Canopy tower, Dlinza Forest
Eastern South Africa Endemics trip report
Above: African Rock Pipit, Wakkerstroom
Eastern South Africa Endemics set-departure tour trip report, November / December 2021.
Last year we hosted Volkert van der Willigen on our epic Eastern South Africa Endemics serious birding tour from 19 November to 4 December. With international travel still in the doldrums, Volkert was the only participant, which was to his advantage as we could then also concentrate on the birds he's missed on previous trips to Southern Africa. And of course, the itinerary is designed around the endemics and other special birds found in eastern South Africa (which, together with the Western South Africa Endemics tour gives participants a real chance of bagging most of South Africa's endemics and near-endemics). All in all it was a very successful tour, delivering 408 bird species seen overall, and 58 of Volkert's 77 target species.
In trying to see all of the endemics of the eastern side of the country one has to cover a lot of ground, so by nature this is a fast-paced tour, though not as grueling as some other tours run by other companies out there to be honest! So we weren't quite relegated to one night stays throughout; most places were two night stays to cut down on the overall number of hours spent in the car traveling from A to B as a proportion of the overall duration of the tour. We started off with a night near the airport in Umhlanga; then had two nights in Creighton, close to the famous Sani Pass area; one night in Eshowe; two nights in St Lucia; two at Tembe Elephant Park; two again in Wakkerstroom; four nights in the Kruger National Park in three different camps; then two one night stays at Magoebaskloof and Polokwane respectively, for a total of 16 nights. We did close to 4000 kilometers in total, all safely and trouble free, and had an excellent time in general.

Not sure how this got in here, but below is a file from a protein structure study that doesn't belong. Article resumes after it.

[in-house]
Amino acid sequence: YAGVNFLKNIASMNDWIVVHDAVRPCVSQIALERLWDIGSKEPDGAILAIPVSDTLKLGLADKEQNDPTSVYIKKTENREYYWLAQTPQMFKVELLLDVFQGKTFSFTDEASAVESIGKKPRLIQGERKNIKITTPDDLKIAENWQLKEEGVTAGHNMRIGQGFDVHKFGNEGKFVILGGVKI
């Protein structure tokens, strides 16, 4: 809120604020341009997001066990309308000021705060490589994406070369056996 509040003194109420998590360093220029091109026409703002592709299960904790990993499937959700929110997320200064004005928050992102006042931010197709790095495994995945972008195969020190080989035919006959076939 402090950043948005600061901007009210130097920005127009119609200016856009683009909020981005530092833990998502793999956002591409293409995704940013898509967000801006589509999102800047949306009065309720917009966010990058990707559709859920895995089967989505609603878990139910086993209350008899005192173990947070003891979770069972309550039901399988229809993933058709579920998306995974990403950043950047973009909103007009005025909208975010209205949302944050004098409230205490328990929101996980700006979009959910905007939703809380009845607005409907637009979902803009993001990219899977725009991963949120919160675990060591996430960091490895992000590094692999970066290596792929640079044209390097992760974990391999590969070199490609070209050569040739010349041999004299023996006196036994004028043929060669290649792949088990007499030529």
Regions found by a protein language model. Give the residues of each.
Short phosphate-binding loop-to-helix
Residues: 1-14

This is what Volkert had to say about the trip:
“Dear Leon: The trip is slowly sinking in. We had a great one. The stage was set by the different habitats Eastern South Africa has to offer, but with your expertise you pulled out an amazing number of birds. Thanks to your knowledge of the calls and songs combined with a very sharp eye we had great success in finding the birds I wanted to see. Thank you for your efforts, it was a tiring but very rewarding 16 days. The tiredness will be forgotten, so all that remains are memories of a great trip. Warm greetings, Volkert”
The first half of the tour brought some challenging weather conditions, especially on our trip up Sani Pass (though we still managed to see virtually all of our target species) and in the Wakkerstroom area, with wind, rain and pretty low temperatures - it is the rainy season after all, and this one has so far been a very generous one. After Wakkerstroom it improved generally, and we had mild to warm days and plenty of sunshine, and it wasn't as hot as it can be, making for great birding conditions.